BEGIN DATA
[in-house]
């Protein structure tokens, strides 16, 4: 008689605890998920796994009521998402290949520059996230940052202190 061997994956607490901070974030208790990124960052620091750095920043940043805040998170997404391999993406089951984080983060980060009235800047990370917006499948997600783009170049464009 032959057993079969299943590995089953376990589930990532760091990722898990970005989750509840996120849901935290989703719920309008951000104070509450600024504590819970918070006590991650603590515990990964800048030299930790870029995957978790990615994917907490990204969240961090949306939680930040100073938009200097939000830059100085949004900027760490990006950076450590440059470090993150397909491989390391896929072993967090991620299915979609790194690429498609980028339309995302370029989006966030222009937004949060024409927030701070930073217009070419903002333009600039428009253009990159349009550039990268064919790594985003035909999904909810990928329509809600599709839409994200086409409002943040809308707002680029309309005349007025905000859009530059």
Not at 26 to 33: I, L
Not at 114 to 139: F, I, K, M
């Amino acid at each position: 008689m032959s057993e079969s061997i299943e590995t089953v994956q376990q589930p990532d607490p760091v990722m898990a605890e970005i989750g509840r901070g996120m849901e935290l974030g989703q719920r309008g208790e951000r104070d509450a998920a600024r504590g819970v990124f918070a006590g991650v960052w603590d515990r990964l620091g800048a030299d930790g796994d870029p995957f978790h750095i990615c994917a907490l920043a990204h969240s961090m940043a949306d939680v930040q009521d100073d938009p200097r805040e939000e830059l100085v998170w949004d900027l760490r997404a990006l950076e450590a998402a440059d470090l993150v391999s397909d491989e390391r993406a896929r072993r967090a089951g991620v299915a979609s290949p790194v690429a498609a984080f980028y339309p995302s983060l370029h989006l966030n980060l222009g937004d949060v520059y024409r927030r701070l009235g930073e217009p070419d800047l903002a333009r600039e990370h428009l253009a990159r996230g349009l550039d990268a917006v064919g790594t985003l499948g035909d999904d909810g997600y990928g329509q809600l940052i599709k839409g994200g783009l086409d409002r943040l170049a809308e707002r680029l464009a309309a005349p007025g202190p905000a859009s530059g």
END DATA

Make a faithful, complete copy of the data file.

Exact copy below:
[in-house]
């Protein structure tokens, strides 16, 4: 008689605890998920796994009521998402290949520059996230940052202190 061997994956607490901070974030208790990124960052620091750095920043940043805040998170997404391999993406089951984080983060980060009235800047990370917006499948997600783009170049464009 032959057993079969299943590995089953376990589930990532760091990722898990970005989750509840996120849901935290989703719920309008951000104070509450600024504590819970918070006590991650603590515990990964800048030299930790870029995957978790990615994917907490990204969240961090949306939680930040100073938009200097939000830059100085949004900027760490990006950076450590440059470090993150397909491989390391896929072993967090991620299915979609790194690429498609980028339309995302370029989006966030222009937004949060024409927030701070930073217009070419903002333009600039428009253009990159349009550039990268064919790594985003035909999904909810990928329509809600599709839409994200086409409002943040809308707002680029309309005349007025905000859009530059």
Not at 26 to 33: I, L
Not at 114 to 139: F, I, K, M
């Amino acid at each position: 008689m032959s057993e079969s061997i299943e590995t089953v994956q376990q589930p990532d607490p760091v990722m898990a605890e970005i989750g509840r901070g996120m849901e935290l974030g989703q719920r309008g208790e951000r104070d509450a998920a600024r504590g819970v990124f918070a006590g991650v960052w603590d515990r990964l620091g800048a030299d930790g796994d870029p995957f978790h750095i990615c994917a907490l920043a990204h969240s961090m940043a949306d939680v930040q009521d100073d938009p200097r805040e939000e830059l100085v998170w949004d900027l760490r997404a990006l950076e450590a998402a440059d470090l993150v391999s397909d491989e390391r993406a896929r072993r967090a089951g991620v299915a979609s290949p790194v690429a498609a984080f980028y339309p995302s983060l370029h989006l966030n980060l222009g937004d949060v520059y024409r927030r701070l009235g930073e217009p070419d800047l903002a333009r600039e990370h428009l253009a990159r996230g349009l550039d990268a917006v064919g790594t985003l499948g035909d999904d909810g997600y990928g329509q809600l940052i599709k839409g994200g783009l086409d409002r943040l170049a809308e707002r680029l464009a309309a005349p007025g202190p905000a859009s530059g």